In addition to being one of the best Beatles recordings, “Help” is a powerful way to connect with B2B prospects through genuine human kindness.
The Business-to-Business (B2B) sales world is changing fast. Why, you ask? The way people buy has changed, creating a new opportunity to leverage a customer-centered sales process. In the past, salespeople held the keys to the sales process. They cold called or mass emailed a prospective buyer and pitched information to prospects about their product or service’s features and benefits, and made outstanding promises as to why their product or service is so great. Considering how busy executive prospects (humans) are, and how bombarded they are by countless calls and emails from vendors pitching generic value propositions, that tactic has lost its effectiveness.
The advent of the internet and increased accessibility of mobile devices empowered the end user (human prospects), to find what they want, when they want it – without depending on a salesperson alone. Now when a decision maker is researching a business challenge they have, they turn to Google, Youtube, search for self-help material online, read reviews, and sometimes read testimonials and case studies before reaching out to a company. Research by Sirius Decisions found that “67 percent of the buyer’s journey is now done digitally.” Although that’s a great opportunity for companies to create content that helps executives to find them online, B2B sales representatives don’t have to wait for opportunities to come to them. They can reach out in a helpful and consultative way!
Recently I was honored to get to personally work with the Hubspot sales Jedi master himself, Dan Tyre (6th employee of Hubspot, sales rockstar, and all-around great human). Here are a few powerful lessons I personally learned from Dan that will help you to connect with a prospect (human) for the first time:
HELP: Show them you know them
Help make your prospect’s day by spending around 5 minutes reading their LinkedIn profile, articles they’ve written, or other interesting or flattering details about them before calling them. Once you’ve gotten them on the phone, be prepared to start the conversation by simply asking how their day is going. Start by discussing a topic they care about, sharing a clever or lighthearted joke, or giving them a genuine compliment. Showing prospects that you know them demonstrates that you cared enough to do some research on them personally; making them feel special, and more open to speaking with you. Next, be sure to craft a few sentences that they can relate to. Talk about how you’ve helped people like them with specific challenges, goals, and responsibilities, in order to test the waters and get them to open up about their situation. Be sure to keep the focus on them, and not on you or your company. Doing this enables you to make the best first impression, and a meaningful connection to kick off the sales process with a warm call (not a cold call).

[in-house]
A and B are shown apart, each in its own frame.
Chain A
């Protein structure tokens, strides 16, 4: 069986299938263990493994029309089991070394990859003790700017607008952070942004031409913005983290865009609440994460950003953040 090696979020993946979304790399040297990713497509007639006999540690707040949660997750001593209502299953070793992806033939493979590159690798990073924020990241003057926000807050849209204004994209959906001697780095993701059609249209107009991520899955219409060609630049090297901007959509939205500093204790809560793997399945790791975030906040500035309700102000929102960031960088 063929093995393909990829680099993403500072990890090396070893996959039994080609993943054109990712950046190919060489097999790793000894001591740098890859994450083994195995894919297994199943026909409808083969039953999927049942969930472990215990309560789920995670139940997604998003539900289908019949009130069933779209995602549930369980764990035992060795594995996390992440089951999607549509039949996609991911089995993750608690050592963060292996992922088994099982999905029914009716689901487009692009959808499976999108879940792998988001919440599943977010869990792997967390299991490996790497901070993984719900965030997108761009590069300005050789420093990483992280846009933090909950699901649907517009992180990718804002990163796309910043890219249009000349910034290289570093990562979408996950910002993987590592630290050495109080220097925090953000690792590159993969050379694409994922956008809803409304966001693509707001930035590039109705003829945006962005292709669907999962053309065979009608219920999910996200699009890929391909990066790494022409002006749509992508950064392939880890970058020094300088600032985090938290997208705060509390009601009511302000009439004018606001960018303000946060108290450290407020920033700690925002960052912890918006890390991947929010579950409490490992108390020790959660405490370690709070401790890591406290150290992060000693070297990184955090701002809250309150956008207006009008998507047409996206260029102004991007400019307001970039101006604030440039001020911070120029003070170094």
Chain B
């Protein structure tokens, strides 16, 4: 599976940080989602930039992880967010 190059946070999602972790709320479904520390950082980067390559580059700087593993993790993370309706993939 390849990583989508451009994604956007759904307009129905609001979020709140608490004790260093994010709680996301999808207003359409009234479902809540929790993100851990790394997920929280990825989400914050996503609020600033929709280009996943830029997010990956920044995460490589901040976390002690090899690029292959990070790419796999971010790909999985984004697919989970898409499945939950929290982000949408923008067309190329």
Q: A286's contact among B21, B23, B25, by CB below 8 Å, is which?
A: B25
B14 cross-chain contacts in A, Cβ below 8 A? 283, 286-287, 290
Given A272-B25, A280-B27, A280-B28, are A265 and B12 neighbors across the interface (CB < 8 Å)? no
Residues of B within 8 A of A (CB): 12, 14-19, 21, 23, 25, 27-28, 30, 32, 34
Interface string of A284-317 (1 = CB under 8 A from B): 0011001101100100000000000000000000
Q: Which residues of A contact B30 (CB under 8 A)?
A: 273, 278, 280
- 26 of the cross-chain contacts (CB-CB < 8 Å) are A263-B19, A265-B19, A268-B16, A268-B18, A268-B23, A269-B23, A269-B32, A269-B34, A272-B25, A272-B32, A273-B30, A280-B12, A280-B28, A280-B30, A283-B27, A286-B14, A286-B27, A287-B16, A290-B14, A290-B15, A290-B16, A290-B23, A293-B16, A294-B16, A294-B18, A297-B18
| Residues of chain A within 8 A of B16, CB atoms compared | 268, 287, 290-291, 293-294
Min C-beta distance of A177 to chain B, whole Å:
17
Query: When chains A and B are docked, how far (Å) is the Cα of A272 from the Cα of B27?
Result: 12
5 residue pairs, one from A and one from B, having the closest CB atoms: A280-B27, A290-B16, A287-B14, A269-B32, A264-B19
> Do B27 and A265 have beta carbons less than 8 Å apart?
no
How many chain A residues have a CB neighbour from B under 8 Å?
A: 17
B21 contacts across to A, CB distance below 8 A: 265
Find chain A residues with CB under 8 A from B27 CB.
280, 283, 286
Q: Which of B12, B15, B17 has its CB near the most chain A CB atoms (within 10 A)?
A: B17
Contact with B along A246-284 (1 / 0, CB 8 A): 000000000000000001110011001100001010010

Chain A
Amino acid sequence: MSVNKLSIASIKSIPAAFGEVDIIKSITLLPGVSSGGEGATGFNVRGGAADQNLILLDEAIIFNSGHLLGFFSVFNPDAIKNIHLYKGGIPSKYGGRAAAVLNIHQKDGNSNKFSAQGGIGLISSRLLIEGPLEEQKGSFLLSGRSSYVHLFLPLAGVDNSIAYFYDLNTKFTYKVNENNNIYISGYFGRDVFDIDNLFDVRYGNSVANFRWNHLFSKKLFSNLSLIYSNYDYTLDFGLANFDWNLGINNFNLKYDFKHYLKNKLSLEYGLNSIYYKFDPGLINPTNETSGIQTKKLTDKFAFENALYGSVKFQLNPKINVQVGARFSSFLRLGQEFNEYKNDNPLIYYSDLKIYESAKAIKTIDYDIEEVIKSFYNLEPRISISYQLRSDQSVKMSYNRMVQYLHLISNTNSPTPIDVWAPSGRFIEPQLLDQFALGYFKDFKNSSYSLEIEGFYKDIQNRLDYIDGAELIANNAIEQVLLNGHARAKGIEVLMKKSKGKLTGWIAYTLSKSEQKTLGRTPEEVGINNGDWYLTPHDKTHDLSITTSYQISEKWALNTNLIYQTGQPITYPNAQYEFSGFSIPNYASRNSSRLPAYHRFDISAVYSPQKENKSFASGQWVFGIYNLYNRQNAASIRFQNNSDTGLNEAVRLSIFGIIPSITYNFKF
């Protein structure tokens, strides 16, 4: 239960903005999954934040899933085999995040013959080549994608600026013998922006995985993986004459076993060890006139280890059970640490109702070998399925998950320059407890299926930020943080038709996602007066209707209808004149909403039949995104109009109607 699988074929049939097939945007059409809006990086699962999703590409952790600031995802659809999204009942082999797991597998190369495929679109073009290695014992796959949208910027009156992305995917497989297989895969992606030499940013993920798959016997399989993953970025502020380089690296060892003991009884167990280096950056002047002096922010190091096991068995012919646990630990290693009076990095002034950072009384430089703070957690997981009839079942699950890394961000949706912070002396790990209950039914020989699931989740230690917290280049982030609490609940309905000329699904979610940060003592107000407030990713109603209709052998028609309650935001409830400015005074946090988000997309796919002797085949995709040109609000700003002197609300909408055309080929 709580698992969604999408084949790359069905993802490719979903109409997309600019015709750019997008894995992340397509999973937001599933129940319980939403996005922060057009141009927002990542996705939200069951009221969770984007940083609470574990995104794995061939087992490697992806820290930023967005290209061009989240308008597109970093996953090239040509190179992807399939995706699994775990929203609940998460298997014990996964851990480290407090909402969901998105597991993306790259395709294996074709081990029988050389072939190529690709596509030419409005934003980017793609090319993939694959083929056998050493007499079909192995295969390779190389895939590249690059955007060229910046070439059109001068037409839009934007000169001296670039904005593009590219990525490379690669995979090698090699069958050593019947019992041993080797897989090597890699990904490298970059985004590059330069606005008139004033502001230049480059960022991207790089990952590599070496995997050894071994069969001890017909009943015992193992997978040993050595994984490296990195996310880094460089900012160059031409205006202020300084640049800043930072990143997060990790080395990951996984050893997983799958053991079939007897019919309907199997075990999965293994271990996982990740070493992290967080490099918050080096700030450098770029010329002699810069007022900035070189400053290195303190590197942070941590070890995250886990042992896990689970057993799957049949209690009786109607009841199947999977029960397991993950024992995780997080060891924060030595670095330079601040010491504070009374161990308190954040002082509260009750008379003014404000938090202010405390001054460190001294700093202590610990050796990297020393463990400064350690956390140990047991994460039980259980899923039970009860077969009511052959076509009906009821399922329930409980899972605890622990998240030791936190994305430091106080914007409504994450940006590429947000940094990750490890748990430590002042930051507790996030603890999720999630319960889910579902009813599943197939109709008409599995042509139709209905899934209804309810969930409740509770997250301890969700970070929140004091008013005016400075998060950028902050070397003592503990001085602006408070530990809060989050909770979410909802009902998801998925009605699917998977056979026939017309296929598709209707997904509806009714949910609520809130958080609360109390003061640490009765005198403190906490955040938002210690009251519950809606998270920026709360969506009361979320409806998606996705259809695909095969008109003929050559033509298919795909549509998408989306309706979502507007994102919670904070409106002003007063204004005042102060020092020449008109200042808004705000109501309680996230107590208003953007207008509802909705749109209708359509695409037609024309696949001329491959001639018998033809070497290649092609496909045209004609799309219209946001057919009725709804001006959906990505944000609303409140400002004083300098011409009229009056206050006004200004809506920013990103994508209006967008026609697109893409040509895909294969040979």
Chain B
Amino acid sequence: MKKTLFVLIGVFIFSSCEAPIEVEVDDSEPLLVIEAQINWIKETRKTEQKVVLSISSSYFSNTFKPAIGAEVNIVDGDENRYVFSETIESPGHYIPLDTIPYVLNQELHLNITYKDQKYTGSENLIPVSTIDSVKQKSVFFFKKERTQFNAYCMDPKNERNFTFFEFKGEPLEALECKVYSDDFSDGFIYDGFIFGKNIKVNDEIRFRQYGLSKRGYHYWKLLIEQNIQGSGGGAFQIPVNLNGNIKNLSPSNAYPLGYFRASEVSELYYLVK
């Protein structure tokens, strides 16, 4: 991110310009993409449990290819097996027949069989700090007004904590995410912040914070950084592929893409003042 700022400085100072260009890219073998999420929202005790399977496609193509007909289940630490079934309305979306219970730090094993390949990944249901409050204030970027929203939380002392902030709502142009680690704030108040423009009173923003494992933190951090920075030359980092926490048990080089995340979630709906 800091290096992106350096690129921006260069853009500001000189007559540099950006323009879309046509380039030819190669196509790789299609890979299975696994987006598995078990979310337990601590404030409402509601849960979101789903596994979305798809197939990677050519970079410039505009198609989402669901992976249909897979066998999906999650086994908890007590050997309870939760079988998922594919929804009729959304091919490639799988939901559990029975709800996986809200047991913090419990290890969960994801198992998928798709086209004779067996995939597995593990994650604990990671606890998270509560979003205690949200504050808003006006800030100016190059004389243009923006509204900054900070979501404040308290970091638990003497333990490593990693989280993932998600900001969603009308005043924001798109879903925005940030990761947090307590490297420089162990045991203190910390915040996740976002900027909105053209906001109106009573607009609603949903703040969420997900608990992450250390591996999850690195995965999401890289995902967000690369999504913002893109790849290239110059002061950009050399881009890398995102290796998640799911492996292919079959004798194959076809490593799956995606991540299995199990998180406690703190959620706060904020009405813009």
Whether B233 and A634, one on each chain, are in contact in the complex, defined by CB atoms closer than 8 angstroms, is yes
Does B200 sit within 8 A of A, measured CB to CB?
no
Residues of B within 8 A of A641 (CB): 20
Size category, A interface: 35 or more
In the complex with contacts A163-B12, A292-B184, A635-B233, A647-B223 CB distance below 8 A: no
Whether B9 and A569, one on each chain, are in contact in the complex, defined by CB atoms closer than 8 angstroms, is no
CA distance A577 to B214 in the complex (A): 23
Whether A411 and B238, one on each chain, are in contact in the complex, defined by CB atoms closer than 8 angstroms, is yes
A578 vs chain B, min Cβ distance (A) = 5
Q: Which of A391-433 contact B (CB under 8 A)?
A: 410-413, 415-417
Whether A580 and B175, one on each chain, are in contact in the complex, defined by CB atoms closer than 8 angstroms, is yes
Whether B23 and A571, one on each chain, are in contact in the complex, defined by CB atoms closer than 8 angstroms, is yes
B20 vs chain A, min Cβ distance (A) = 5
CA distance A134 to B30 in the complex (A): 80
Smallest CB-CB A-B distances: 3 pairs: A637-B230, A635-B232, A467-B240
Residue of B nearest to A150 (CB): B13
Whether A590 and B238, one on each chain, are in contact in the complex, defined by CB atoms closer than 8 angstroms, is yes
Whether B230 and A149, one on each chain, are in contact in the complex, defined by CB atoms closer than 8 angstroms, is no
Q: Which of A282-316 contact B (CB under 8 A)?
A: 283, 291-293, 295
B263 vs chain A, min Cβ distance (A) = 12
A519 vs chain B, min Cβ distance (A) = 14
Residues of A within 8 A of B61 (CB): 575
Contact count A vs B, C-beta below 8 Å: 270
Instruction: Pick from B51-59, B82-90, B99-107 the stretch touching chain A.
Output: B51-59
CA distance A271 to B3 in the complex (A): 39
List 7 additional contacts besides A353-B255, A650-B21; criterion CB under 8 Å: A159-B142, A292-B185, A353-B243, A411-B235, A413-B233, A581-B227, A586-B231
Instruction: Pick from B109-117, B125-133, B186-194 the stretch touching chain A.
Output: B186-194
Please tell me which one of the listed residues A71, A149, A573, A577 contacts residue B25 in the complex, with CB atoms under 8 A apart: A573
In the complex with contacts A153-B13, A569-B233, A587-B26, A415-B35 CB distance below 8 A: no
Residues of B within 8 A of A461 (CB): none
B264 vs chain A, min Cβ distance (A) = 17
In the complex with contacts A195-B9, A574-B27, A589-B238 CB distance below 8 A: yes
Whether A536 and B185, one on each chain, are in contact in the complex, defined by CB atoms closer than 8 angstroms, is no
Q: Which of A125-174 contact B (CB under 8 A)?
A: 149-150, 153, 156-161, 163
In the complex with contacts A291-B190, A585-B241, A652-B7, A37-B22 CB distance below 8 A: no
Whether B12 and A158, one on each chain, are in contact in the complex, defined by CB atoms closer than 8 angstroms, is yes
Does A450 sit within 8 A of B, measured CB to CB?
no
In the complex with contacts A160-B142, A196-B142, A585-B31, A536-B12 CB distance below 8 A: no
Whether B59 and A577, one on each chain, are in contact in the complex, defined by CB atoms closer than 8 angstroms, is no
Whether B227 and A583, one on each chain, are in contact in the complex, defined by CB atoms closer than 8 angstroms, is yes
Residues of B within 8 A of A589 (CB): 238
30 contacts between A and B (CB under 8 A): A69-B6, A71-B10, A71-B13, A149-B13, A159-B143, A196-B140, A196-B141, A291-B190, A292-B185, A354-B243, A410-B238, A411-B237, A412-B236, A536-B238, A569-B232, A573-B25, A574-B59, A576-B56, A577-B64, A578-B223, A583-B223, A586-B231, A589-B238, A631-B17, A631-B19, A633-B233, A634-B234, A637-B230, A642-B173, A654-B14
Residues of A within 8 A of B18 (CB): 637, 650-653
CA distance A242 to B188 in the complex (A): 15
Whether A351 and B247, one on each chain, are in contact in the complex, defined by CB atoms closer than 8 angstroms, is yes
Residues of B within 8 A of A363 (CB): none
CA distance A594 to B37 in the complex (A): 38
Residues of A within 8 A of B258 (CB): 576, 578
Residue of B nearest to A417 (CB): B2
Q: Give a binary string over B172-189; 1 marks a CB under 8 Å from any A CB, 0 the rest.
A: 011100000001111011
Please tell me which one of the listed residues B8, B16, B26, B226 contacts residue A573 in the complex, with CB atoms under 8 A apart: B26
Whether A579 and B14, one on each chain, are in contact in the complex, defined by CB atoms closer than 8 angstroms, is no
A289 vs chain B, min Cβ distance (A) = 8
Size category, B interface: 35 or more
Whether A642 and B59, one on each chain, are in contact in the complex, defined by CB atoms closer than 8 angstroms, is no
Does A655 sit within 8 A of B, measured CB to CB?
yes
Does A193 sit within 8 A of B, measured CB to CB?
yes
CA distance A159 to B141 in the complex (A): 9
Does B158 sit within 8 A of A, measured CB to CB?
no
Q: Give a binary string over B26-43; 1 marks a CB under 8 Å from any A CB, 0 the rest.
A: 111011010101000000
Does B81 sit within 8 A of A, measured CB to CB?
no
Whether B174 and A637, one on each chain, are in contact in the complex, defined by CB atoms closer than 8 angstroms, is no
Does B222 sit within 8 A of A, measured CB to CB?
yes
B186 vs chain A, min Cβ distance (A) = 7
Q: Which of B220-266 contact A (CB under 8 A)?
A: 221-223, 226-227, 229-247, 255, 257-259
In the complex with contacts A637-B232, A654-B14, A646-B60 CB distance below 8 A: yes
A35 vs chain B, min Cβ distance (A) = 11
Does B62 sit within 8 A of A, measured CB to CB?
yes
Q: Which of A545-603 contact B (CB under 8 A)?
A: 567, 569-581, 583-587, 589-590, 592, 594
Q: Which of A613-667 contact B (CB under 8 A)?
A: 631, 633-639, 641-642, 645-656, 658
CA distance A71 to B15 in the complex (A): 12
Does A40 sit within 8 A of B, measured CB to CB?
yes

HELP: Be a valuable resource
Help to guide your prospect through their process. Every prospect faces different circumstances and is in a different stage of their buying journey. Some are just starting to become aware of their challenge, some have clearly defined their challenge and are considering solutions, and others are actively in the process of buying a solution and are starting to make a purchasing decision. Asking targeted and open-ended questions, actively listening, and offering some quick helpful ideas that you’ve identified after observing their situation strengthens the prospect’s trust in you, and positions you as a valuable resource to them. B2B sales cycles can be long. While you continue to communicate with your prospect, share educational and relevant content with help them along the way. Content or tools you think they would value including blog articles, videos, online tools, and more, can be shared via email or LinkedIn messaging to reinforce your understanding of their challenges, keep them engaged, and strengthen your relationship.
At the end of the day, when you are selling to a business, you are really selling to a person at that business. People are people. Helping them by understanding them, and being a constructive part of their journey, is an effective way of connecting with them and adding value to their business objectives, while also unlocking new sales for your company.
Hope this post helps you in your sales process!
If you’d like to learn more, you can book a time with me personally here to discuss these and other ideas to help your prospects through your sales process. I’m here to help.